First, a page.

• Status: Solved
  • Priority: Medium
  • Security: Public
  • Views: 709
  • Last Modified:

Help troubleshooting NAT entry (with DNS doctoring)

I have the following entries for a 1:1 NAT statement, that sits on a hosted firewall upstream from us:

access-list outside_acl extended permit tcp any host 74.85.0.202 eq ssh
access-list outside_acl extended permit tcp any host 74.85.0.202 eq www
access-list outside_acl extended permit tcp any host 74.85.0.202 eq https
access-list outside_acl extended permit icmp any host 74.85.0.202 echo-reply
access-list outside_acl extended permit icmp any host 74.85.0.202 echo
access-list outside_acl extended permit tcp any host 74.85.0.202 eq 3306
static (inside,outside) 74.85.0.202 10.102.84.15 netmask 255.255.255.255 dns

Open in new window


we manage the DNS servers for our company, and in the primary DNS zone, I have a simple "A" record for a FQDN to point to the above static IP, 74.85.0.202

test.abc.com.           	900     IN	A       74.85.0.202

Open in new window


so we can access this FQDN internally, in the office, we have to have the "DNS doctoring" statement in order to properly resolve the FQDN back to the private IP.

the only thing that changed over the weekend is, we have a managed-ethernet/EoC connection that utilizes a Hatteras device, and that device failed this weekend. Yesterday we had it replaced, and now we are back to using the EoC connection. That's it.

I verified w/ the hosting company that the DNS doctoring keyword does exist, as you can see by the statements posted above.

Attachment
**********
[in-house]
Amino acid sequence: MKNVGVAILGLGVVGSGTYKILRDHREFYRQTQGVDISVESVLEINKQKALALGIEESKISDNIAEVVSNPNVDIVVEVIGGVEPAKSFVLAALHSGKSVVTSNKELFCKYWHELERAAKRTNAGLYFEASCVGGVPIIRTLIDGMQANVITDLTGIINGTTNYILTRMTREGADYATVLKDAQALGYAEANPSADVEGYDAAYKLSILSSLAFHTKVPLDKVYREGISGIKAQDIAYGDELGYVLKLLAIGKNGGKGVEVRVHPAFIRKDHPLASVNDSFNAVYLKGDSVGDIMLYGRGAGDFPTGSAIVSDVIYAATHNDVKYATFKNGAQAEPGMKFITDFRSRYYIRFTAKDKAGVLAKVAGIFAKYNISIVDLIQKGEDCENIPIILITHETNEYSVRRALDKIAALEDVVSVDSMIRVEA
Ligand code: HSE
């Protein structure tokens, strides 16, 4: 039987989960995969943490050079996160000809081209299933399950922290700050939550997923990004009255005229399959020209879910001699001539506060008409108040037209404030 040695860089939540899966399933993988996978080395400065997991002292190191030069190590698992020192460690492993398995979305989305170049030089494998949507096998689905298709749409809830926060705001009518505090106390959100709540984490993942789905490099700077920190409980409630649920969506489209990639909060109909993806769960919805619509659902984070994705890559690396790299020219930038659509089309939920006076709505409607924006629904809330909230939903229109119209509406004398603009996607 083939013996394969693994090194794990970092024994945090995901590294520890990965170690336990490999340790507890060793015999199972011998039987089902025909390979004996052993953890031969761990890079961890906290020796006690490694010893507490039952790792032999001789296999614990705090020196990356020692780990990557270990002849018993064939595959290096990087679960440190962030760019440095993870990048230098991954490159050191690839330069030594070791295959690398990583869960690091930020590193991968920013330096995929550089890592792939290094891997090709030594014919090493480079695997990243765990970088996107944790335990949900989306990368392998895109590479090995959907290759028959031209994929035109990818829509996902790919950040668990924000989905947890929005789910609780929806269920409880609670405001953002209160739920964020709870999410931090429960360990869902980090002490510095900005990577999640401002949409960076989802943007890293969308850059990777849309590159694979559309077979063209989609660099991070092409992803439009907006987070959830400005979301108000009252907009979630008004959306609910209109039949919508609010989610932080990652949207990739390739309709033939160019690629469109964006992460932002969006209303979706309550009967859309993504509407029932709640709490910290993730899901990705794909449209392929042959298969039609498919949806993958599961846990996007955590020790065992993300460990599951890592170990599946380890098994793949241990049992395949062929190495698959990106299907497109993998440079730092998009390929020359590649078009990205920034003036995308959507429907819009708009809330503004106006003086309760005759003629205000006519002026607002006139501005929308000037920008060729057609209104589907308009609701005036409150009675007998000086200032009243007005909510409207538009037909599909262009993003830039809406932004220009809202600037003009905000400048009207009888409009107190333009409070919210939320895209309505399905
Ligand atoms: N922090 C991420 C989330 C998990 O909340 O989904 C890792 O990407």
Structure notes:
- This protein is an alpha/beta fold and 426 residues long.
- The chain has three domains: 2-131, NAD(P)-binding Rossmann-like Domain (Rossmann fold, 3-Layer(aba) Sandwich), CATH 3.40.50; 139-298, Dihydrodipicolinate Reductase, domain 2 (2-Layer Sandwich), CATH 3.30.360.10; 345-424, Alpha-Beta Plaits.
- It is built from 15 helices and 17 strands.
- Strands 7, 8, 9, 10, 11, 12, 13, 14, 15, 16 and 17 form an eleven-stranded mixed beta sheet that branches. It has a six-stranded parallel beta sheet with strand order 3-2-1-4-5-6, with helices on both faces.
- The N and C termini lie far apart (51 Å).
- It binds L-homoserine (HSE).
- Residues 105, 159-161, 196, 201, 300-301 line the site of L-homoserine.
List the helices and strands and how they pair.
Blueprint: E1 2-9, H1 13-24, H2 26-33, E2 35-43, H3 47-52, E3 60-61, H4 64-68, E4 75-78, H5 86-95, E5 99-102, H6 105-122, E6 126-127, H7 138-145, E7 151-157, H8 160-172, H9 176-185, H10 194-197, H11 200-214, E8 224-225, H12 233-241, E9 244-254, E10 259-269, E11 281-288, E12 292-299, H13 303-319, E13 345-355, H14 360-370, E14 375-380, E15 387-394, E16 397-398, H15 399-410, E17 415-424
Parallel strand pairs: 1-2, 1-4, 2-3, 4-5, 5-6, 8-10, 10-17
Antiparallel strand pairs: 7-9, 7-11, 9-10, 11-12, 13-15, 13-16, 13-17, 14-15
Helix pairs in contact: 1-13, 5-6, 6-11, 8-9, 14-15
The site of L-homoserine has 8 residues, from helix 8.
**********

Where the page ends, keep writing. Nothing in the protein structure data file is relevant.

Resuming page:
I'm at a loss why this isn't working now. any ideas where to check and/or how to resolve?

I can ping this box from our datacenter, by hostname.

64 bytes from 74.85.0.202: icmp_seq=1 ttl=54 time=10.1 ms

Open in new window


internally pinging the hostname resolves back to 10.102.84.15; trying to resolve FQDN through browser though just dies
0
kapshure
Asked:
kapshure
  • 3
  • 2
1 Solution
 
patternedCommented:
When you manually put that private address in the browser address bar, what happens?

If you can ping via hostname, this isn't a DNS issue, and what I previously alluded to will not work either.

You did not say if the internal pinging was successful or not.  I'll assume it was...
Is there a firewall in between the devices?
VLANs?
Is the box running the web server have port 80 open?
etc, etc.
0
 
kapshureAuthor Commented:
it was the latter! dev issue! i ran nmap on it saw that 80/443 wasn't open. hopped on the box, did a
ps - ef | grep httpd 

Open in new window


and confirmed..  checked also with
netstat -at | grep 80

Open in new window

and
netstat -at | grep 443

Open in new window

.. no dice!

started httpd, bam.

/sigh.

thanks though!
0
 
kapshureAuthor Commented:
dev's hadn't started httpd!
0
 
patternedCommented:
I love when I forget the dumb things.  Just a little nudge is all you needed.


Damn devs! ;)
0
 
kapshureAuthor Commented:
yeh, i just assumed they had their sh!t together. "ass-u-me" DOH!
0
Question has a verified solution.

Are you are experiencing a similar issue? Get a personalized answer when you ask a related question.

Have a better answer? Share it in a comment.

Join & Write a Comment

Featured Post

Improve Your Query Performance Tuning

In this FREE six-day email course, you'll learn from Janis Griffin, Database Performance Evangelist. She'll teach 12 steps that you can use to optimize your queries as much as possible and see measurable results in your work. Get started today!

  • 3
  • 2
Tackle projects and never again get stuck behind a technical roadblock.
Join Now